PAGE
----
There was no splitting the baby on plaintiff’s failure to warn claim. It was dismissed in its entirety. As to the alleged failure to warn about infection, plaintiff relies exclusively on a single marketing document. However, plaintiff failed to allege any facts “to plausibly suggest that [plaintiff’s] surgeon relied, or any competent surgeon would rely, on this marketing document when deciding whether to perform surgery.” Id. at *11. A pretty demanding standard when you infer, and we think the court was so implying, that no competent surgeon relies on marketing material to make medical decisions. Moreover, the court pointed out several ways in which the marketing document cites to other documents, most importantly to the “Instructions for Use” of the mesh demonstrating that “Defendants did not rely solely, if at all, on the marketing document to warn users of the risks.” Id. at *12. Not to mention that the risk of infection is a “common surgical complication” most likely already known to plaintiff’s surgeon. Id.

Plaintiff’s second failure to warn claim was based on a failure to warn that the mesh might contract after surgery causing pain. Id. Here plaintiff failed to allege any facts about what warning was provided to plaintiff’s surgeon relying only on a boilerplate statement that defendant didn’t warn. Id. But such an “allegation is too broad to state a claim because it does not identify (1) which aspects of the product warranted a warning and (2) what injuries resulted from the failure to warn.” Id. at *13. Too vague to withstand dismissal.

So too was plaintiff’s breach of express warranty claim. Plaintiff only alleged that defendant warranted the product was safe and fit for its intended use, merchantable, adequately tested, and did not have dangerous side effects. Id. at *14. But a claim that a product is “safe” or “effective” is only a “general opinion” or “general praise,” insufficient to form the basis for an express warranty under the LPLA.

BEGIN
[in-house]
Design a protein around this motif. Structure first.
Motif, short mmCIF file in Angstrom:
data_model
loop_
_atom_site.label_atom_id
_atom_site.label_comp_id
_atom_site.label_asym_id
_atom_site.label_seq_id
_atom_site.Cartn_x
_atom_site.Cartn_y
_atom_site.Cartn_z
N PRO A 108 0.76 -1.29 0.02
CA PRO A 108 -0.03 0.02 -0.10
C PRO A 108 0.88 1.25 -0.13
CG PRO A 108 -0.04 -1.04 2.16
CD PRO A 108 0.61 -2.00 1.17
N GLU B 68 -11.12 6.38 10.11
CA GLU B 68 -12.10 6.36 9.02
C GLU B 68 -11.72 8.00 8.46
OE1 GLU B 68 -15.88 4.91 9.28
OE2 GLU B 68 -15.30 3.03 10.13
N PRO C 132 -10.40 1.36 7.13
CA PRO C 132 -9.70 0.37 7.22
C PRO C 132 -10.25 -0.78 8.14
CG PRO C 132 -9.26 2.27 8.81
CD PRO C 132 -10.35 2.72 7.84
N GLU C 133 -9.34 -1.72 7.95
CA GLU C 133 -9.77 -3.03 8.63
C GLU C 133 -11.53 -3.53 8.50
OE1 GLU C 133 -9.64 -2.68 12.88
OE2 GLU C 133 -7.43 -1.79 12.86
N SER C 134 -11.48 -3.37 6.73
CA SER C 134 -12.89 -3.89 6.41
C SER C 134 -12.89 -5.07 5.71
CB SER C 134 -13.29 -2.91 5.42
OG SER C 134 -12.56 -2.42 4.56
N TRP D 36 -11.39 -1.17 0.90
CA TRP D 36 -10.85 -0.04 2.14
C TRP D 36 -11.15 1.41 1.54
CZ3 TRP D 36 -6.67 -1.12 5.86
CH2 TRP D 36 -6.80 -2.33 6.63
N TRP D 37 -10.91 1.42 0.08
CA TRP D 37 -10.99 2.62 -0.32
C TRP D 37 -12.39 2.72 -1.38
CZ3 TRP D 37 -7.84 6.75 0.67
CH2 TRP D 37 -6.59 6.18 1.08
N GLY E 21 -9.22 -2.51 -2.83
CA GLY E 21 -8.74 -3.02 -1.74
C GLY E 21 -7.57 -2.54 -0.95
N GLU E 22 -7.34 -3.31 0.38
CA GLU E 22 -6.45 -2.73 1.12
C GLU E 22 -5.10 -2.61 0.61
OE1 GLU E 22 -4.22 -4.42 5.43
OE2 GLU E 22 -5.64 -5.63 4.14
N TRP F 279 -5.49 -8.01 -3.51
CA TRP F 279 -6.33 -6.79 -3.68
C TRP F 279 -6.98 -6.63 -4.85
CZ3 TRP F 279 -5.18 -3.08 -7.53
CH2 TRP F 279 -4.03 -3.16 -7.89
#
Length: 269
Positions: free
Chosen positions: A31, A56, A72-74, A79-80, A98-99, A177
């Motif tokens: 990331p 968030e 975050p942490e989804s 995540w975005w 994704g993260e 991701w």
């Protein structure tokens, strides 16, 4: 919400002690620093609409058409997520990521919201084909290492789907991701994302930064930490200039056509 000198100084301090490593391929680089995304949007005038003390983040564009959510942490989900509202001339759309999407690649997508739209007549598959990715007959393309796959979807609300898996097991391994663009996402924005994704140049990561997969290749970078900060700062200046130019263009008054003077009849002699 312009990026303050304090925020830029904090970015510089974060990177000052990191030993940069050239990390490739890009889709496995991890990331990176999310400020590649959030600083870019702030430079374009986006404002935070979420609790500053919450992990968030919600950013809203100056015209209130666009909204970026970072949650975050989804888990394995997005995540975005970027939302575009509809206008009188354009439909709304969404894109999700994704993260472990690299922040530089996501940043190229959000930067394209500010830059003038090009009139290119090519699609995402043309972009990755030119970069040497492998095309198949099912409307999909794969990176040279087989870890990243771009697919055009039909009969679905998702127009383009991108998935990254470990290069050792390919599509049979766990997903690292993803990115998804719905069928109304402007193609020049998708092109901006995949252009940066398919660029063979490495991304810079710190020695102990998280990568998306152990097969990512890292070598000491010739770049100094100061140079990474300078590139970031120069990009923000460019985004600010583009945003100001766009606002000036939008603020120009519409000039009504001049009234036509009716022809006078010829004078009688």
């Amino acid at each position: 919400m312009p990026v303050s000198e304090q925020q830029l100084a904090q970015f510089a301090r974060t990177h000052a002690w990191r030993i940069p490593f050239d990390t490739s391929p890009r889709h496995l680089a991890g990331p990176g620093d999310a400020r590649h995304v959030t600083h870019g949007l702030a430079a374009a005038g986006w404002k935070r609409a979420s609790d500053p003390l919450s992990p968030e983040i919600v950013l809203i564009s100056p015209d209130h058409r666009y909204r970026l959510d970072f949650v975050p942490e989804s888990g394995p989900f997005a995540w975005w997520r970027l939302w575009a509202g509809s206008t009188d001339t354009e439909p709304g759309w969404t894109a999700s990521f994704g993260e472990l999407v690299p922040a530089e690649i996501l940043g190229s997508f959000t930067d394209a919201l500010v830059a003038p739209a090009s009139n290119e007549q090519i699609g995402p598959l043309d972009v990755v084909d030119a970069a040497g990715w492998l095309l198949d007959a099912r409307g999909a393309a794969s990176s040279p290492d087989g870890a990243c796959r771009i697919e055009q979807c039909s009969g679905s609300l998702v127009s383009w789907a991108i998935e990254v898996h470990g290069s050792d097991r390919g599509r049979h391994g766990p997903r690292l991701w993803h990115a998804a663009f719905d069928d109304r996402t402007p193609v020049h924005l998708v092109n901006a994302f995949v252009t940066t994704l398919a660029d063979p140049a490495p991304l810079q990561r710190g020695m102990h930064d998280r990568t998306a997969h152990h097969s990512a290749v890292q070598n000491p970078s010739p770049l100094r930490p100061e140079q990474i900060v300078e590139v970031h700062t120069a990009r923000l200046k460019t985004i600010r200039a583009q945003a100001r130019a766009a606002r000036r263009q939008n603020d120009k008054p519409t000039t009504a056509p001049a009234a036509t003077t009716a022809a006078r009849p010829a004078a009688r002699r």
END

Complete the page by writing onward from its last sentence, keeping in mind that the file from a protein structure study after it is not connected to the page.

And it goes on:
Of the 6 claims brought that were permissible under the LPLA, only 2 survived the motion to dismiss. Not a complete win, but good enough to put in the “good times” category. And if you don’t want to get embroiled in the French debate, we recommend following the lead of Shirley & Lee from 1956 or The Cars from 1978 and just let the good times roll (in English).

Aren’t we all guilty of having that drawer, that shelf, that cabinet, maybe even a whole closet where things just get dumped. And as new stuff gets dumped, the old stuff gets pushed to the back. Then one day the space simply can’t hold anymore and you reach to the back to see just what’s there. What do you find? Old empty checkbooks. Gift card to a restaurant that closed two years ago. Any variety of expired items from coupons to salad dressing to cough medicine. And of course that half-eaten bag of cookies that are so stale you can use them as coasters. But, sometimes you also find a hidden gem. Like the cord to charge your radio that you haven’t been able to use for the last 6 months. Or the great family photo from Aunt Susie’s 80th birthday. Or your favorite pair of socks. How did they get there?

Well cases, just like socks and salad dressing, can get pushed to the back of the shelf – where they too get stale. And if courts still used paper dockets, the file in Beswick v. Sun Pharmaceutical Industries, Ltd., 2018 U.S. Dist. LEXIS 15012 (W.D.N.Y. Jan. 30, 2018) would be covered in an inch of dust with discolored pages stuck together from sitting at the bottom of a pile in a basement storeroom. The decision rendered just last week is on a motion that was filed in June 2012 on the basis of the Supreme Court’s ruling in PLIVA, Inc. v. Mensing, 564 U.S. 604 (2011). A 5 ½ year old motion based on a 6 ½ year old ruling. Fortunately, the decision is to dismiss the case, but it’s a decision that could have been entered a long time ago. We imagine the delay has not been without some financial consequences to the defendant. Indeed, plaintiff’s counsel withdrew back in 2015, likely recognizing the folly of pursuing what is essentially a failure to warn case against a generic drug manufacturer. But still the case sat.

The complaint, alleging plaintiff suffered from Stevens Johnson Syndrome as a result of using defendant’s generic anticonvulsant drug to treat his epilepsy, was filed in 2010. Id. at *1, *4-5. In early 2011, the court granted defendant’s motion to dismiss all claims except those alleging breach of express and implied warranty. Id. at *2. The case was then stayed pending the Supreme Court’s decision in Mensing. Id. A year after Mensing, defendant file a motion for judgement on the pleadings on the two remaining claims and the motion was fully briefed by August 2012. Defendant then filed supplemental declarations in support of its motion in November 2012 and again in August 2013. In 2015, defendant formally requested that the stay be lifted and filed yet another supplemental declaration in support of its motion. Id. at *3-4. The supplements we assume necessitated by the development of the law over the years the motion was pending. And finally, three years later the motion was ruled on.